Pilloried from left to right, upon his return Miliband was attacked in a different form when a disgruntled bystander threw an egg as he sauntered round a south London market. Amongst the many reactions was the question of “why?” – it was in itself a surprise to many that a member of the public had formed a sufficient enough opinion of Miliband as to be angry.

For the Labour’s leader’s strategy has been personified by that of the forever being the tortoise, and certainly not the hare, on the path to 2015. It has been eloquently articulated as “zen socialism” and, astonishingly, really is the only “-ism” one can apply to Miliband nearly three years into his leadership.

“Zen socialism” first troubled the English language in the aftermath of Labour’s bloody leadership election. In those troubled days the strategy had an ounce of sense; Labour had just been crushed in the general election and had subjected itself to a ridiculously long internal election that had split the party in two.

A sustained period of quiet reflection seemed imminently sensible. The electorate were neither listening nor cared about what the Labour party was saying or doing. Polls reflected comfortable Labour leads that were more a referendum on the coalition than anything the Labour party was doing. A safety first approach seemed attractive and sensible; time to rebuild, heal and fight renewed.

At some point in every parliament, though, the cycle of politics ceases to be a referendum about the government and turns into a choice between parties. When that point comes, as it now surely has, Labour really ought to look like a plausible party of government offering a coherent, costed and attractive prospectus. The party is, to put it politely, some way off that. Members of the public are categorically not telling pollsters and canvassers that they wish Ed Miliband would just take that little bit longer to define himself and outline concrete policies.

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At last, some Labour pains

10/06/2013, 07:37:34 AM

by David Talbot

Labour might still easily lose, in 2015, an election it really ought to win. If that is indeed what happens, the reason, as so often with the Labour party, is that it will have operated in the world it so dearly wishes it to be, rather than the cold, rather more sobering, reality.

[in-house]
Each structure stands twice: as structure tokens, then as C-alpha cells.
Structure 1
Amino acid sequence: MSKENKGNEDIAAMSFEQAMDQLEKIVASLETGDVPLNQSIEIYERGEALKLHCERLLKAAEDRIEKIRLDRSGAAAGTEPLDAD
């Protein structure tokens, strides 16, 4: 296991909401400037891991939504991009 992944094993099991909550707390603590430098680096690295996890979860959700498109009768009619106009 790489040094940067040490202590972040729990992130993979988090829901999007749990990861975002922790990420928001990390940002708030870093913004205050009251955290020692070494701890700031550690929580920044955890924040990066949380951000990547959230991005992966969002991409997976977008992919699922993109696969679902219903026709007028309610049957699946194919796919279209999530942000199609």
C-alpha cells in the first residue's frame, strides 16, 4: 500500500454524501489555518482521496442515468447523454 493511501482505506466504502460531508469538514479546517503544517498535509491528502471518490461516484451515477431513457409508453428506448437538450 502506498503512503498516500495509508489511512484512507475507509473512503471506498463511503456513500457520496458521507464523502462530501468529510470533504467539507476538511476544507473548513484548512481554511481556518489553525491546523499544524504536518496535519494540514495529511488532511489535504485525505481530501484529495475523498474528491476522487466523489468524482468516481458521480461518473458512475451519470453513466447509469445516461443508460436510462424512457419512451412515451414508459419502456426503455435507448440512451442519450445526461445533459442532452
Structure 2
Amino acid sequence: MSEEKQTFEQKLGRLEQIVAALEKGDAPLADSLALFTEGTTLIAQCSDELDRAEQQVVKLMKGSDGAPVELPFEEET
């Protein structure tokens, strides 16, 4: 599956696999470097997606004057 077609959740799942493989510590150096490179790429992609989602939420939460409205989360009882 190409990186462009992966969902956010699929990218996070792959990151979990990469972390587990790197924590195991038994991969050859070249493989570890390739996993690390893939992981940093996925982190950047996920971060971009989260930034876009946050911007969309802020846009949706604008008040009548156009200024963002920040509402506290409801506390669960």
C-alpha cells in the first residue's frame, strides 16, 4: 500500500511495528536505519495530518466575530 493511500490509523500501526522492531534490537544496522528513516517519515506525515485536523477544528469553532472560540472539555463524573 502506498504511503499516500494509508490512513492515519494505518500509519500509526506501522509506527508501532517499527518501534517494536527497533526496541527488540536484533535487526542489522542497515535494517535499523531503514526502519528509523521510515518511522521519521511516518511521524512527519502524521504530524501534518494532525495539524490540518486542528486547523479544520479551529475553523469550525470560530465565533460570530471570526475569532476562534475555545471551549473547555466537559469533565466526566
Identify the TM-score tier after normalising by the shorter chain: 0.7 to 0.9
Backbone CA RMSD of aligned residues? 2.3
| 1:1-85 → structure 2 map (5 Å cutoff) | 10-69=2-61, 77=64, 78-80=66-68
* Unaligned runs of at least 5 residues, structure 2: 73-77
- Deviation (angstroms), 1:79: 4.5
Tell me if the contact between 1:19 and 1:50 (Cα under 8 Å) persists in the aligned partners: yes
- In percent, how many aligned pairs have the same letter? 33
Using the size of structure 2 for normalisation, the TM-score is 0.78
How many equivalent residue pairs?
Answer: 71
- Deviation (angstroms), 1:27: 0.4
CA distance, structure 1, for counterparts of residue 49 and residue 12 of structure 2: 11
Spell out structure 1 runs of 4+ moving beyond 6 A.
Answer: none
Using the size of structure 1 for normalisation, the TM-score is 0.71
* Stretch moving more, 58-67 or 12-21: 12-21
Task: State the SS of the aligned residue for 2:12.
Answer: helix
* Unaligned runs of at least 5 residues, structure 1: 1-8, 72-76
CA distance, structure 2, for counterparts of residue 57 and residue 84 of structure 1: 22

It will be because it didn’t understand what voters told it in 2010. It will be because unveiling daft posters, available, incidentally, at the not very One Nation price of £35, and talking of the “same old Tories”, lamenting their cuts and their rich friends, is far easier than undertaking a soul-searching examination of why the party was so comprehensively buried in 2010. It will be because it preferred to spend time in the seminar room, talking to nobody but itself, pontificating wildly on the politics of Neverland. This will be, as always, most soothing for the Labour movement. It will have its high-mindedness, and its piety, and it will lose.

The Labour party cannot win in this state of deluded comfort, revelling in the opportunities for moral indignation that austerity affords, whilst simultaneously saying nothing of note to the nation.

If there was a pain-free option, the Labour party would, of course, take it. In this make-believe world of Labour thinking, when, not if, Labour are elected in 2015 the party will have to impose no cuts, spending will be allowed to increase on nice things like the health service, and grateful voters will at last acknowledge they made a dreadful mistake in 2010 by voting for those ghastly Tories. This inability to face the truth is deeply worrying for those, which now include, seemingly, the Labour leadership, who believe the party has spent the past three years either saying the wrong thing or nothing at all.

On the great issues of the day too often there has come has come either silence from the Labour party or scorn from the labour movement. By wallowing in the trough of political invective, the Labour party doesn’t seem to have realised that it long ago lost the argument.

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3 years on: Ed isn’t in the Hobbit and needs to bin the invisibility cloak

30/05/2013, 07:39:44 PM

It’s 3 years since Uncut started so, in a series of pieces, we’re taking stock of what has changed for Labour since 2010. David Talbot looks at Ed Miliband’s public profile

Ah, the Daily Express. What to say about this esteemed presence amongst our media? Last content sometime during the Boer war, today its coverage sticks to the traditional middle class issues of house prices, cancer survival rates and Princess Diana. A friend to the Labour party it almost certainly is not. Indeed, under the tutelage of its chief political commentator, one Patrick O’Flynn, the Daily Express can have a serious claim to be amongst the first members of the fourth estate to take the UKIP threat seriously.

O’Flynn seems an amicable, if slightly misguided, chap who nonetheless stumbled across pertinent analysis as we consider the three year anniversary of Labour’s demise, and Uncut’s rise from the ashes.

Three years on the Labour party is out of government, out of sight and out of mind. O’Flynn dubbed this Labour’s “invisibility cloak” in his leader last week, which was a charitable way of highlighting that three years on from a historic defeat, the party’s hierarchy has not constructed a coherent strategy for Labour’s return to power.

Ed Miliband continues to be Labour’s invisible man. Still virtually unknown to the British public this void in the British political realm can surely continue no more. Cameron was known to taunt the then novice Labour leader at the back end of 2010 noting that “he had been in the job for the past few months” before adding, woundingly, “people are wondering when he’s going to start?”